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Press Release No. 24 | 3. July 2013
Wolfgang Ertmer and Michael Famulok Elected DFG Vice Presidents

Experimental physicist from Hannover succeeds Konrad Samwer and the Bonn-based biochemist takes over office from Elisabeth Knust / Peter Funke, Ferdi Schüth and Dorothea Wagner re-elected

The Deutsche Forschungsgemeinschaft (DFG, German Research Foundation) has two new vice presidents: the experimental physicist Professor Wolfgang Ertmer from Hannover and Bonn-based biochemist Professor Michael Famulok were elected to the Executive Committee of Germany's central self-governing organisation for research by its General Assembly on 3 July 2013 in Berlin. Professor Ertmer succeeds the Göttingen-based experimental physicist Professor Konrad Samwer and Professor Famulok succeeds developmental biologist Professor Elisabeth Knust who works in Dresden.

Wolfgang Ertmer, who was born in 1949, has held a professorship for experimental physics at the University of Hannover since 1994. He was previously a professor at the University of Bonn where he also studied physics and completed his doctorate and his habilitation; he has frequently undertaken research visits to the USA, several times as a DFG fellow. Professor Ertmer's core research areas are atomic physics, quantum optics and laser cooling. In recognition of his work, he received the DFG's Gottfried Wilhelm Leibniz Prize, Germany's most prestigious award for research, in 1997 and the Science Prize awarded by the federal state of Lower Saxony in 2009. Since 2007, he has been the coordinator of QUEST (Centre for Quantum Engineering and Space-Time Research), a cluster of excellence funded under the Excellence Initiative. One of his previous roles was as spokesperson for the DFG-funded Collaborative Research Centre "Quantum-limited Measuring Processes with Atoms, Molecules and Photons". Professor Ertmer has been involved in many different aspects of academic self-governance and research organisations for many years; for example, he was vice president for research at the University of Hannover from 2002 to 2005, has been a member of the DFG Senate since 2007 and has contributed to countless national and international committees and specialist associations.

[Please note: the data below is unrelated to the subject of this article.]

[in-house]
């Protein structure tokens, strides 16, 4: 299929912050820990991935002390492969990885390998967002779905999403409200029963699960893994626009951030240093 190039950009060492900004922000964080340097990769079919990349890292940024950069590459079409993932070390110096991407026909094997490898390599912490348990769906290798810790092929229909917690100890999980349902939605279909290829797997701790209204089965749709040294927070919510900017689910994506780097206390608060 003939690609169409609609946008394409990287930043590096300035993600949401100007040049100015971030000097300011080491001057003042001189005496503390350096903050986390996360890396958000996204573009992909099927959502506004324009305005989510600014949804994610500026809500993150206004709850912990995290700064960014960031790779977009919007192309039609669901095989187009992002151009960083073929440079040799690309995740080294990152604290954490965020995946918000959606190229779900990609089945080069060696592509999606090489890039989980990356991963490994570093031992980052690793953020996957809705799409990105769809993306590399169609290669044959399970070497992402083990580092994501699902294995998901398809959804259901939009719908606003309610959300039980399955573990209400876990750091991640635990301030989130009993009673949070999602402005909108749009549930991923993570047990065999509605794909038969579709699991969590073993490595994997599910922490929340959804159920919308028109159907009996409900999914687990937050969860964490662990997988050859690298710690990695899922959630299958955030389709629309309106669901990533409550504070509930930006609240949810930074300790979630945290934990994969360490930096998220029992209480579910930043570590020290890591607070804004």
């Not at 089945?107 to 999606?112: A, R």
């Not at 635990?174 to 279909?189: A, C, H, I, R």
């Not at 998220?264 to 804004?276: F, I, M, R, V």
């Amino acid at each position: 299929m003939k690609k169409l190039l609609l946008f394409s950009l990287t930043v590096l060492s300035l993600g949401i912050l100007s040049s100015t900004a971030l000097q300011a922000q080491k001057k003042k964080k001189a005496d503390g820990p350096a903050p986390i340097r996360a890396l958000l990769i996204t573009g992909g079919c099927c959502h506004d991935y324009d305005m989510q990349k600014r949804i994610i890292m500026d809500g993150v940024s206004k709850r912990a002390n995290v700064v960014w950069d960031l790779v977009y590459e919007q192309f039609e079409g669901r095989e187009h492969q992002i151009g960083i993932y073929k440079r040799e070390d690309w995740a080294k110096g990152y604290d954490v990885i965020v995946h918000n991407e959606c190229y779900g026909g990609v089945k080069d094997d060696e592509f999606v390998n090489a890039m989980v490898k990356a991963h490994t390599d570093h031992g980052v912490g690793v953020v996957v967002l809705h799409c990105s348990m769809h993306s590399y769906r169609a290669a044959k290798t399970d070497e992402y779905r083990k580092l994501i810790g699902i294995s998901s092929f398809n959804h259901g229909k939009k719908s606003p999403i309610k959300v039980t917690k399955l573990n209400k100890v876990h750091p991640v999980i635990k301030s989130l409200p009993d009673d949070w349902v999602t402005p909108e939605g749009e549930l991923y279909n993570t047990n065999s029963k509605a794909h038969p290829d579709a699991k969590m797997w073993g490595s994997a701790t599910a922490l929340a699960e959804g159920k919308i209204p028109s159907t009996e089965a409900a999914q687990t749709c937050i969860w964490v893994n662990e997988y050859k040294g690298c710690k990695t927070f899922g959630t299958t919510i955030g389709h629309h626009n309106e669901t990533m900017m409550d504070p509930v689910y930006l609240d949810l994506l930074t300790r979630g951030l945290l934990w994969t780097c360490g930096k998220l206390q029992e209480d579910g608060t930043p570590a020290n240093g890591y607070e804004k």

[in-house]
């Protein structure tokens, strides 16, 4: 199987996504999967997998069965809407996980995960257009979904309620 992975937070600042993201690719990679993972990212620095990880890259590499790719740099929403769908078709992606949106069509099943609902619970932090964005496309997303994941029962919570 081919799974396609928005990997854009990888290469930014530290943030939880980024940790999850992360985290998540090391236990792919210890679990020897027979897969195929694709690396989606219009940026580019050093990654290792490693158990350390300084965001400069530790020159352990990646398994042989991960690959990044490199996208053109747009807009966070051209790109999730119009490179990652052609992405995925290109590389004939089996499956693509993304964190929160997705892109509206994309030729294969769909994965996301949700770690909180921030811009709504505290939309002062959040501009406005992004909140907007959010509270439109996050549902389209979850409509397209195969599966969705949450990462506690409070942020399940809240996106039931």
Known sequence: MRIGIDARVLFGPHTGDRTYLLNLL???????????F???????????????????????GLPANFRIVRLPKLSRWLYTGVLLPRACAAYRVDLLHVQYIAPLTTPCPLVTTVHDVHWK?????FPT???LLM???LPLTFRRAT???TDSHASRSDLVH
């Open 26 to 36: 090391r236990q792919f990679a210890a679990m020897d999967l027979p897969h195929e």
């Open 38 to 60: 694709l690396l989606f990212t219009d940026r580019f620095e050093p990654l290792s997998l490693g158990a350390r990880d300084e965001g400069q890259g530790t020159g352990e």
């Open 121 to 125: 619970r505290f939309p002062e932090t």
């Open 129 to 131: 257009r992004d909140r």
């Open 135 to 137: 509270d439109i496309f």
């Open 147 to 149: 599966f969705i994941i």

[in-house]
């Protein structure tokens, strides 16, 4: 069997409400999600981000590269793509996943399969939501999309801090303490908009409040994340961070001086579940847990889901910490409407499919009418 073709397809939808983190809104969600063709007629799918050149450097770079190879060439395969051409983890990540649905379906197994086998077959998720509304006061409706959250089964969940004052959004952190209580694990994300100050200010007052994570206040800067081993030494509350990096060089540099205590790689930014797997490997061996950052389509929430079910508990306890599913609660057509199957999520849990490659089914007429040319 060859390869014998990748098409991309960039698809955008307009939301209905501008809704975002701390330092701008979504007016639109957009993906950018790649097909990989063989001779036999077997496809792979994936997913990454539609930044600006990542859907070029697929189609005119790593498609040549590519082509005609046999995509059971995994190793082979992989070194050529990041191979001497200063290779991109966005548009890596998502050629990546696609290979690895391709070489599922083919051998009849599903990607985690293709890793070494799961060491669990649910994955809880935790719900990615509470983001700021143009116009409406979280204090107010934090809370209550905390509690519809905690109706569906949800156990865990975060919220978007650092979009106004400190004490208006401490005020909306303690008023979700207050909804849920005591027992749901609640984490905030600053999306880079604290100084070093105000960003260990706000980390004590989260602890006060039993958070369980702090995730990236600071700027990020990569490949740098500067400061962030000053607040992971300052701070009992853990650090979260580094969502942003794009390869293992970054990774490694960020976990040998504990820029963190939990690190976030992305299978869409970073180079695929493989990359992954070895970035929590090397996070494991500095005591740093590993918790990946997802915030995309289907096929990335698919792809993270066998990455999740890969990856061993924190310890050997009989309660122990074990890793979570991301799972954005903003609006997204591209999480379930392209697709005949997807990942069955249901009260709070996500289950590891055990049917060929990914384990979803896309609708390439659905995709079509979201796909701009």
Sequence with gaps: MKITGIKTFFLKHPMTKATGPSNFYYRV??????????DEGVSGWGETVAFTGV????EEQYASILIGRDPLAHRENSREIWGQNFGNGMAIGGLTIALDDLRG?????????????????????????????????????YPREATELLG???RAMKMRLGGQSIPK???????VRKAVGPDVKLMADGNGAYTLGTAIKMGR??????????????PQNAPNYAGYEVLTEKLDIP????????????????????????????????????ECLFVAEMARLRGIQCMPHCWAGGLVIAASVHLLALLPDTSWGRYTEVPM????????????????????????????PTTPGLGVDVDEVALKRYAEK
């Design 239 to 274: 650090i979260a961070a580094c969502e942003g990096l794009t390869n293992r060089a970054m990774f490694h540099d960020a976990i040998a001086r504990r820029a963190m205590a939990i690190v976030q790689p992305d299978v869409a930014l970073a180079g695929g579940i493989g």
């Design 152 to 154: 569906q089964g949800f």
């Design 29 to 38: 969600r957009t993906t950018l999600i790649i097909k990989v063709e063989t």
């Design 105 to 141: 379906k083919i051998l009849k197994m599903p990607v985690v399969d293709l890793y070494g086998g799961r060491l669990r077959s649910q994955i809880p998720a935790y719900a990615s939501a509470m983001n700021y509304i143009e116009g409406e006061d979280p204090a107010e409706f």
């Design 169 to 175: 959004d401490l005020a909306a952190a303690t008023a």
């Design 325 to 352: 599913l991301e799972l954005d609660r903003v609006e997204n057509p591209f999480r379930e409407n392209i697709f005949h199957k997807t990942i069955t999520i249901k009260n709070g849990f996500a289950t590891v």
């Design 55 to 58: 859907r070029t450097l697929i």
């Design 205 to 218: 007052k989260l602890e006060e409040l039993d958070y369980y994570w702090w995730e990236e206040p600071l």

Michael Famulok has been a professor of biochemistry and chemical biology at the Life and Medical Sciences Institute (LIMES) at the University of Bonn since 1999. Born in 1960, he studied and completed his doctorate in Marburg before going to the Massachusetts Institute of Technology and Harvard University as a postdoctoral researcher. He completed his habilitation at the University of Munich. Professor Famulok's research straddles the boundary between biochemistry and organic chemistry. He concentrates primarily on the directed evolution of combinatorial nucleic acid libraries (SELEX technology), small guanine nucleotide exchange factors and DNA nanotechnology. In 2002, Professor Famulok was also awarded the DFG's Leibniz Prize and he received an Advanced Grant from the European Research Council (ERC) in 2010. Since 2012, he has been a Max Planck Fellow at the center of advanced european studies and research (caesar) in Bonn. Professor Famulok has been the DFG Liaison Officer at the University of Bonn and a member of the nominating committee for the Leibniz Prize; he is also engaged in numerous national academies, such as the Leopoldina, and specialist associations in Germany and in other countries.